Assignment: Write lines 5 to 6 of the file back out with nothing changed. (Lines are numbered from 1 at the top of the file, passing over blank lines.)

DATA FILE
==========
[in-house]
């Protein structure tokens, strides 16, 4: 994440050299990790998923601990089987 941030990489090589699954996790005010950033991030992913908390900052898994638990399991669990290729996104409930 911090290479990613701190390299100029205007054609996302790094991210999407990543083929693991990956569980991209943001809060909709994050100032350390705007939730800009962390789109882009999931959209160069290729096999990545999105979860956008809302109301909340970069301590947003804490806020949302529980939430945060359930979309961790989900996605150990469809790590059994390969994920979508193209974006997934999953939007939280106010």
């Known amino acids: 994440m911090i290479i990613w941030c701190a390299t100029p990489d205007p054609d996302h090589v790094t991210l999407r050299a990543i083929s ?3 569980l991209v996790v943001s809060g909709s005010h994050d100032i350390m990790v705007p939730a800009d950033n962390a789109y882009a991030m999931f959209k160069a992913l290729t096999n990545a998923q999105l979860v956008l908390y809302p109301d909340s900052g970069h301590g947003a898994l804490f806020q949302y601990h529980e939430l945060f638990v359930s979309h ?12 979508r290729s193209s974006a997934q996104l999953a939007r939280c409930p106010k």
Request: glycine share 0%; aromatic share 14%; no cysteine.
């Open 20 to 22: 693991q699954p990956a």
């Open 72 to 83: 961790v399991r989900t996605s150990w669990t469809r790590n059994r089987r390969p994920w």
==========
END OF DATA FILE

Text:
């Open 20 to 22: 693991q699954p990956a």
């Open 72 to 83: 961790v399991r989900t996605s150990w669990t469809r790590n059994r089987r390969p994920w």